In 1994 an article in Governing magazine by a former city manager of Austin, Texas, mentioned some efforts of the period that illustrated collaboration. The hope expressed by the author was that ‘[t] hese experiments hold the seeds of new structures. What is needed is to learn from these experiments and create a new model for regional governance”. The author continued: “The regions that are first in developing them will be more desirable, sustainable and economically competitive. Regions live or die together. A metropolitan area is one economic, social and physical unit. Communities must find ways to work together. If they don't, their vitality, force and freshness will wither.” [See: “WE NEED NEW WAYS TO GOVERN NEW KINDS OF CITIES”].

As that vitality is more at stake under the onslaught of the current period of financial uncertainty, there are more examples of the type cited in the Brookings paper on how some (unfortunately a minority) were using funds from the American Recovery and Reinvestment Act of 2009 (ARRA) by abandoning “business as usual” in the interests of metropolitan improvement. The scarceness of such innovative efforts was attributed to the need for the pre-existence of a regional vision or plan, as well as strong local leadership - in other words, a productive platform on which to build. Studies have revealed (as mentioned in Kelly M. LeRoux and Jered B. Carr’s paper cited above) that public service officials are more open to interlocal cooperation: “that interlocal cooperation, initiated and facilitated by local public servants, is pervasive across functions and thus may be sufficient for overcoming the problems inherent in what… has [been] described as the ‘fragmented and disarticulated’ state. Whereas electoral motives may preclude cooperative impulses among mayors and others elected within political boundaries, professional public servants have a longer time-horizon, creating incentives for administrators to work together…Therefore, public managers may be better positioned to drive metropolitan governance than any other set of local actors, including elected officials”.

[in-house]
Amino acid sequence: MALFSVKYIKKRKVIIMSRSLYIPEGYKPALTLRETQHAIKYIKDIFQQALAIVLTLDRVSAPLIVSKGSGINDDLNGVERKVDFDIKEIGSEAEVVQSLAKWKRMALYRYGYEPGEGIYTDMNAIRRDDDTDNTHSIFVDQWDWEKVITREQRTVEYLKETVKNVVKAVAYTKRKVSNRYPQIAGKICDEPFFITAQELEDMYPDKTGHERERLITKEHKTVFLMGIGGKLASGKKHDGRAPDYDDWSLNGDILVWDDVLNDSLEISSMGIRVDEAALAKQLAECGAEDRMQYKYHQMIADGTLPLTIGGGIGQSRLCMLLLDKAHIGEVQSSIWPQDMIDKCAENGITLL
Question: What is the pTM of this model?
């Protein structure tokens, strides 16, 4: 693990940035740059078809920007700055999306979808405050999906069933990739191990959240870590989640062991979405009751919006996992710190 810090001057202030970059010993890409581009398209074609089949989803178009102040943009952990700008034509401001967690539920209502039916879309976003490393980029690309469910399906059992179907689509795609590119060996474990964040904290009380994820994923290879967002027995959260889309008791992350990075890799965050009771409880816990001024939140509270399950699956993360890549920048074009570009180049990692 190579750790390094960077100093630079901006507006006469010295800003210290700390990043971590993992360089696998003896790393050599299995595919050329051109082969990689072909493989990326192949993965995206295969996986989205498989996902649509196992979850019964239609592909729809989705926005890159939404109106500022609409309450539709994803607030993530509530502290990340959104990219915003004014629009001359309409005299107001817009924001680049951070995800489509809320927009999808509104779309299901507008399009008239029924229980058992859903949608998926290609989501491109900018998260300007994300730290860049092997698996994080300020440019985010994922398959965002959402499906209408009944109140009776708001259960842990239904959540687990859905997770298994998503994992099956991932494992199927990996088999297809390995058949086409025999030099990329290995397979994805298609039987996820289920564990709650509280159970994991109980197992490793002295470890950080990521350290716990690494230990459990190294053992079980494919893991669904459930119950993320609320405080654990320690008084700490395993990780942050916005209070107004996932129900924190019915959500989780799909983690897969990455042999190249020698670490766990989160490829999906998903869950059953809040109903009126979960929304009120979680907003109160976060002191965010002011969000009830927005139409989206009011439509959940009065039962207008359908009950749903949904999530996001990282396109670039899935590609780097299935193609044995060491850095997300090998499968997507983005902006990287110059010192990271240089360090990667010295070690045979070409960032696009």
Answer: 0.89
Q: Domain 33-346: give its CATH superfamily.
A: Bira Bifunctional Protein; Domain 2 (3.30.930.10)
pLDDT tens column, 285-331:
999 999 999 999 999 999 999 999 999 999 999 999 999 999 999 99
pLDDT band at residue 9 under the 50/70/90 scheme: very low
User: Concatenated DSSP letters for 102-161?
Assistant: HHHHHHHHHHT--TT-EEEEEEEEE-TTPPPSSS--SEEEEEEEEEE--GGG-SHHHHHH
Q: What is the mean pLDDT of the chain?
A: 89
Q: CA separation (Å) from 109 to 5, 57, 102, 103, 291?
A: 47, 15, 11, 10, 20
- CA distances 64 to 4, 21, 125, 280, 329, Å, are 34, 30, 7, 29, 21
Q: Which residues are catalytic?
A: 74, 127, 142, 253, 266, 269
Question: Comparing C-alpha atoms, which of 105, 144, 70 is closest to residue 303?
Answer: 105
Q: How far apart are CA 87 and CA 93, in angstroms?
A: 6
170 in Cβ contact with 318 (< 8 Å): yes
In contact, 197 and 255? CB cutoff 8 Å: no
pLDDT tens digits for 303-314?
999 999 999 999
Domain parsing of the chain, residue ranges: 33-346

With public jobs at risk there should be sufficient incentive for interlocal cooperative action. However, in the absence of a strong foundation or leadership by a local actor (or actors), even the incentives provided might prove insufficient to change the status quo. As recent news from New Jersey disclosed, as a defensive default option some local units are considering interlocal cooperation. [See: “Cash strapped towns look to share services”] In New Jersey, the state is looking to restructure governments through consolidation and greater interlocal cooperation. [See: the Department of Community Affairs website for description of LUARCC].

This is the time for state governments to step up to the mark - but they might need some guidance on how to provide the necessary support. Within this void, county governments can provide a platform, and there are models to indicate how this might happen.

In the author’s opinion, collaborative service delivery shouldn’t just be viewed as a defensive tool by American local governments. As examples outside the country illustrate, it is a more productive tool in the hands of the ambitious.